Second, adding more restrictions will make making and sharing our common culture harder at a time when, if anything, it needs to be easier. We should not require everyone online become experts in law and the specific labyrinthine policies of a company or industry just when whole new groups of people are transferring their lives, livelihoods, and communities to the Internet.
If there's one lesson recent history has taught us, it's that "temporary, emergency measures" have a way of sticking around after the crisis passes, becoming a new normal. For the same reason that we should be worried about contact tracing apps becoming a permanent means for governments to track and control whole populations, we should be alarmed at the thought that all our online lives (which, during the quarantine, are almost our whole lives) will be subjected to automated surveillance, judgment and censorship by a system of unaccountable algorithms operated by massive corporations where it's impossible to get anyone to answer an email.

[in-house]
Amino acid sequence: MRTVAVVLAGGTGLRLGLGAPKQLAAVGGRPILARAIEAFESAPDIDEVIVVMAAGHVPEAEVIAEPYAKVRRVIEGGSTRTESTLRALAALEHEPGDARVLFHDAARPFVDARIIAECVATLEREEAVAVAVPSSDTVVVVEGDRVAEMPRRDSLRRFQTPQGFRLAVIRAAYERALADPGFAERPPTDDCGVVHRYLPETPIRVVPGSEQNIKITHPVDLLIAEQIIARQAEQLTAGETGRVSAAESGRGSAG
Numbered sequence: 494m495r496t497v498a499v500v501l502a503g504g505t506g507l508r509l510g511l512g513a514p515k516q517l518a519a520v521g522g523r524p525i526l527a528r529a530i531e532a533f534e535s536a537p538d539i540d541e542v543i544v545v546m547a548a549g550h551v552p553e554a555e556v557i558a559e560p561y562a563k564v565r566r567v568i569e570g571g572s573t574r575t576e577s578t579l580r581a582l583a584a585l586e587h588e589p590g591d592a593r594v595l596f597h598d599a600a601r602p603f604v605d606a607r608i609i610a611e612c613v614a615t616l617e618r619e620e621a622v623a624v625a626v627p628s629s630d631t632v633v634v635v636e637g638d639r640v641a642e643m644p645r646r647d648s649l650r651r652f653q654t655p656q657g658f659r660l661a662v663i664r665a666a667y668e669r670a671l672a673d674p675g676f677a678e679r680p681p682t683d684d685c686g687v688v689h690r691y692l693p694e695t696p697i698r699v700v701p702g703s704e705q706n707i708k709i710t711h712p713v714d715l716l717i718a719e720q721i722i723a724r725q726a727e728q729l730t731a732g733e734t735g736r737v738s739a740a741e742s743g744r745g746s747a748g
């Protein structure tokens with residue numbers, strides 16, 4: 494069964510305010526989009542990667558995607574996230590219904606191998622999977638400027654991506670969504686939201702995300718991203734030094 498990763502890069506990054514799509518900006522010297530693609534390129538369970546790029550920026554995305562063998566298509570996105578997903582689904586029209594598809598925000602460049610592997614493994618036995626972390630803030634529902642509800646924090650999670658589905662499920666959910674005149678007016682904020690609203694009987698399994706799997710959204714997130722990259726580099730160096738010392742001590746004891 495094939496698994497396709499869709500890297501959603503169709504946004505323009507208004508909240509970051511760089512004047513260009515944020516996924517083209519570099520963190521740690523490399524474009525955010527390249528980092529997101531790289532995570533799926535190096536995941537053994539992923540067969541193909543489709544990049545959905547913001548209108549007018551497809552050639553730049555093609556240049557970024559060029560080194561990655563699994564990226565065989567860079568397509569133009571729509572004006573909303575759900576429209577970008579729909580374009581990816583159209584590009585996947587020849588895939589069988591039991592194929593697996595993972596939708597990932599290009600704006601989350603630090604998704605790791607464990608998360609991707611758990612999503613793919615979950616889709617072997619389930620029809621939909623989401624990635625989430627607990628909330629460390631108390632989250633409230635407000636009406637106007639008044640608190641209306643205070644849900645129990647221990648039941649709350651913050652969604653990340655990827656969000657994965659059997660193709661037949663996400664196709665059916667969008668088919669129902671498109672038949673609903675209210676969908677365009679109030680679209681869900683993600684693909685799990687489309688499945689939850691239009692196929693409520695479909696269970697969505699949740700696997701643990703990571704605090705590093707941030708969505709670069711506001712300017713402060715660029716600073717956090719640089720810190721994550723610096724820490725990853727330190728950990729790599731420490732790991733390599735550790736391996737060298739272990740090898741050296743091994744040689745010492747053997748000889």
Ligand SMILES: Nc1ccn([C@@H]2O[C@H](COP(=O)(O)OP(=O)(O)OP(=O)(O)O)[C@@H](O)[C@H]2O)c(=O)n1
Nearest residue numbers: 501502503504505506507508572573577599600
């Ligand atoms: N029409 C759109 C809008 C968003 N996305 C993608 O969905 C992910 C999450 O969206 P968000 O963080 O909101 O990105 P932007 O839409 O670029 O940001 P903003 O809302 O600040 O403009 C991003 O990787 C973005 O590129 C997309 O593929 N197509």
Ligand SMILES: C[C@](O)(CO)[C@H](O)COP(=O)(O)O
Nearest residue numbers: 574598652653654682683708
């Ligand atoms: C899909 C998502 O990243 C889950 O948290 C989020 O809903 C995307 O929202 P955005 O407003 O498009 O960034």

Third, this petition appears to be a dangerous step toward the content industry’s Holy Grail: manufacturing an industry consensus on standard technical measures (STMs) to police copyright infringement. According to Section 512 of the Digital Millennium Copyright Act (DMCA), service providers must accommodate STMs in order to receive the safe harbor protections from the risk of crippling copyright liability. To qualify as an STM, a measure must (1) have been developed pursuant to a broad consensus in an “open, fair, voluntary, multi-industry standards process”; (2) be available on reasonable and nondiscriminatory terms; and (3) cannot impose substantial costs on service providers. Nothing has ever met all three requirements, not least because no “open, fair, voluntary, multi-industry standards process” exists.